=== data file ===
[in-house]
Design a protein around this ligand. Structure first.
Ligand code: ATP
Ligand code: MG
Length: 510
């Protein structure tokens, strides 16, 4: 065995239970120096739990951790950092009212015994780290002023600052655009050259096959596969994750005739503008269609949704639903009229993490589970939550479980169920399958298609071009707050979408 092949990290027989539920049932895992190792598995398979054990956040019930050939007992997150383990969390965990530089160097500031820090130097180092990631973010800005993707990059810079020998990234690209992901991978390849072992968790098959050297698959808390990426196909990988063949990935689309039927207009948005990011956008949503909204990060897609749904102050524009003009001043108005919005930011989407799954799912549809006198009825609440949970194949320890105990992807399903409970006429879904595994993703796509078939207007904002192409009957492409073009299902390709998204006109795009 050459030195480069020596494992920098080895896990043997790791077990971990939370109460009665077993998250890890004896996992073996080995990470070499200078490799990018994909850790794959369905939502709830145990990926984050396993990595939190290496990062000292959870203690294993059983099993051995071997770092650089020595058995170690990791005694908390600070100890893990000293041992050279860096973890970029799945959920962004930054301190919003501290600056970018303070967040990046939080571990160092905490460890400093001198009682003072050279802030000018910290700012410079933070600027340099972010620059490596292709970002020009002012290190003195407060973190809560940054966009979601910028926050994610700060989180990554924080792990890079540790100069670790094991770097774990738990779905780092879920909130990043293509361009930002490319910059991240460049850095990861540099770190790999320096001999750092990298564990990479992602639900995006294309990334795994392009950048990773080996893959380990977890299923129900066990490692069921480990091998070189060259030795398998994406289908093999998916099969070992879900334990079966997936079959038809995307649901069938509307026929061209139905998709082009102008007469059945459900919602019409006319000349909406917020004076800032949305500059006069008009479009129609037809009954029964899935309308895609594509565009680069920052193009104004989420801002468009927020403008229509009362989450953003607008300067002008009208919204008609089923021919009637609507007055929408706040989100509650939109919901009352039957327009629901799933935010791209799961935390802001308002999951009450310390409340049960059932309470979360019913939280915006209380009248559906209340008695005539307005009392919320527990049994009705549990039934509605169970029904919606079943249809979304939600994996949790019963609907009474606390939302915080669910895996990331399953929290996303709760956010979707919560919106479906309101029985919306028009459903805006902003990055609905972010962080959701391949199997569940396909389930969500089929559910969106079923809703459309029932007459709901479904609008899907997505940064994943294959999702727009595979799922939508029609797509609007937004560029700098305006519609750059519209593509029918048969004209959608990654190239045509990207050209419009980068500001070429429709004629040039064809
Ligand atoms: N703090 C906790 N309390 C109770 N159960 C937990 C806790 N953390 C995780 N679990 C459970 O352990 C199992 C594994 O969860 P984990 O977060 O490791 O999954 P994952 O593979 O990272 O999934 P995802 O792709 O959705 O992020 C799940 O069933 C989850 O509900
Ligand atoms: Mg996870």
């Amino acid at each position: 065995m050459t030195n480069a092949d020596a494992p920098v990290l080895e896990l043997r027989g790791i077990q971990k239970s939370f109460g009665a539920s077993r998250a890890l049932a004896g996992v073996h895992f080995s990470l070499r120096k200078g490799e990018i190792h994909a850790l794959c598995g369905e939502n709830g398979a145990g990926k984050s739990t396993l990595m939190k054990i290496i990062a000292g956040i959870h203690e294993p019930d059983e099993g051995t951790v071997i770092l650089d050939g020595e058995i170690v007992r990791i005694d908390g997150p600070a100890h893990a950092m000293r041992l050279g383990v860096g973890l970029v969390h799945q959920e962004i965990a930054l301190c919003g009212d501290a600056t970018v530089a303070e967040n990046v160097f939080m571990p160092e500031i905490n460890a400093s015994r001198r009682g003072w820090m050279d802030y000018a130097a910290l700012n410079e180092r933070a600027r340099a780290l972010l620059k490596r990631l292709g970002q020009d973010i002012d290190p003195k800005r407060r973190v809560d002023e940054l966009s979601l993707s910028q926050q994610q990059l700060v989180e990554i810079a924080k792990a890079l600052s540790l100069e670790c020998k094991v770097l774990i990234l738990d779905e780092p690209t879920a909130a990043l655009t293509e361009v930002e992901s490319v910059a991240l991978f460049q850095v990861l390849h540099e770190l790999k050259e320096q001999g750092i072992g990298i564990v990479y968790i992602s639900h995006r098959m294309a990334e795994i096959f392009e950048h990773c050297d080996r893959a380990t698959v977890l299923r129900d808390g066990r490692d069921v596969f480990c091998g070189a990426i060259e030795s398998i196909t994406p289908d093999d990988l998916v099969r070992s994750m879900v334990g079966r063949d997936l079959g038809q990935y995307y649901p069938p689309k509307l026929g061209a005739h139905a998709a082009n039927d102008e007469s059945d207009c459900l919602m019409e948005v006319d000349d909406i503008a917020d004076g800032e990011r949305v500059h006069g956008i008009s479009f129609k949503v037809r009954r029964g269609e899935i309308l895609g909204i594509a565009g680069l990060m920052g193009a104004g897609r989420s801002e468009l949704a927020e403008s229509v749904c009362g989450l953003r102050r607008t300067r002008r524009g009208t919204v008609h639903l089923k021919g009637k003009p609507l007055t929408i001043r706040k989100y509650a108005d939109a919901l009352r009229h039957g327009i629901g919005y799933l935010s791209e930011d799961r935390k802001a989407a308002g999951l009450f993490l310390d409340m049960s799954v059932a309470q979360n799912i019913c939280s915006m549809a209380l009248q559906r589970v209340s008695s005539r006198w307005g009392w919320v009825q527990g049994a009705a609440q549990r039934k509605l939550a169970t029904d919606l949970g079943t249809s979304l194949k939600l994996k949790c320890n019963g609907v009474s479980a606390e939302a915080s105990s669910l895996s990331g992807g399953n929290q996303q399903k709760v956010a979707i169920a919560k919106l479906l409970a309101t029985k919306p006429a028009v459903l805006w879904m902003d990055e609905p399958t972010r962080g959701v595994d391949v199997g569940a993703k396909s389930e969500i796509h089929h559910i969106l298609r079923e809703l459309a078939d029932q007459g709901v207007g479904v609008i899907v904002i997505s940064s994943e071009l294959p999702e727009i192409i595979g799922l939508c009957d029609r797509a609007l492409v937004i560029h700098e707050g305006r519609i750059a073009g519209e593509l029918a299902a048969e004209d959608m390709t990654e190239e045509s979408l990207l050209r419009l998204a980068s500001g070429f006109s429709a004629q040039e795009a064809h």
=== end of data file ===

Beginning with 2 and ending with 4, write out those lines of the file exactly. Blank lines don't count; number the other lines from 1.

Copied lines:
Design a protein around this ligand. Structure first.
Ligand code: ATP
Ligand code: MG